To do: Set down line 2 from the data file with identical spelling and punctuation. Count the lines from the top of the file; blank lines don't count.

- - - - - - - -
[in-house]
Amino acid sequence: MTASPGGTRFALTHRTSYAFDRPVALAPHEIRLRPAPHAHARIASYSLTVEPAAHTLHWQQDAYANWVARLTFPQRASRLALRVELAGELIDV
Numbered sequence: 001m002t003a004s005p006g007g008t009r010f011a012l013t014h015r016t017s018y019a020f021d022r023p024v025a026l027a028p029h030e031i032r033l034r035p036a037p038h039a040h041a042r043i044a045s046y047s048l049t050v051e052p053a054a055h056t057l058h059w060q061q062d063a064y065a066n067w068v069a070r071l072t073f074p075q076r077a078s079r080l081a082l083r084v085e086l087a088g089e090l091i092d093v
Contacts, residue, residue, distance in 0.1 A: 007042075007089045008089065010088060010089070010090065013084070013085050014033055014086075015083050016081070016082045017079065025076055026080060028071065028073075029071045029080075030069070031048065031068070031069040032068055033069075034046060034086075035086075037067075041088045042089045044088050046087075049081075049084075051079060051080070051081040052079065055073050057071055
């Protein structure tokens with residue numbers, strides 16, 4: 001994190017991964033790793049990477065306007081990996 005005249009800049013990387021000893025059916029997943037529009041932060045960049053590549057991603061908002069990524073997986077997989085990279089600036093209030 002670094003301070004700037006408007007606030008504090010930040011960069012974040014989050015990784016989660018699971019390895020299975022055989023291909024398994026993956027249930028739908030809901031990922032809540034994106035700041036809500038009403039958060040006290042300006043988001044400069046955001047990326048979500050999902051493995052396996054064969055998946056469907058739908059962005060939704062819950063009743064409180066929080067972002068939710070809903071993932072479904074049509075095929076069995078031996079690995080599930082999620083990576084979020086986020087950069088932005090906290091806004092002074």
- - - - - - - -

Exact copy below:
Amino acid sequence: MTASPGGTRFALTHRTSYAFDRPVALAPHEIRLRPAPHAHARIASYSLTVEPAAHTLHWQQDAYANWVARLTFPQRASRLALRVELAGELIDV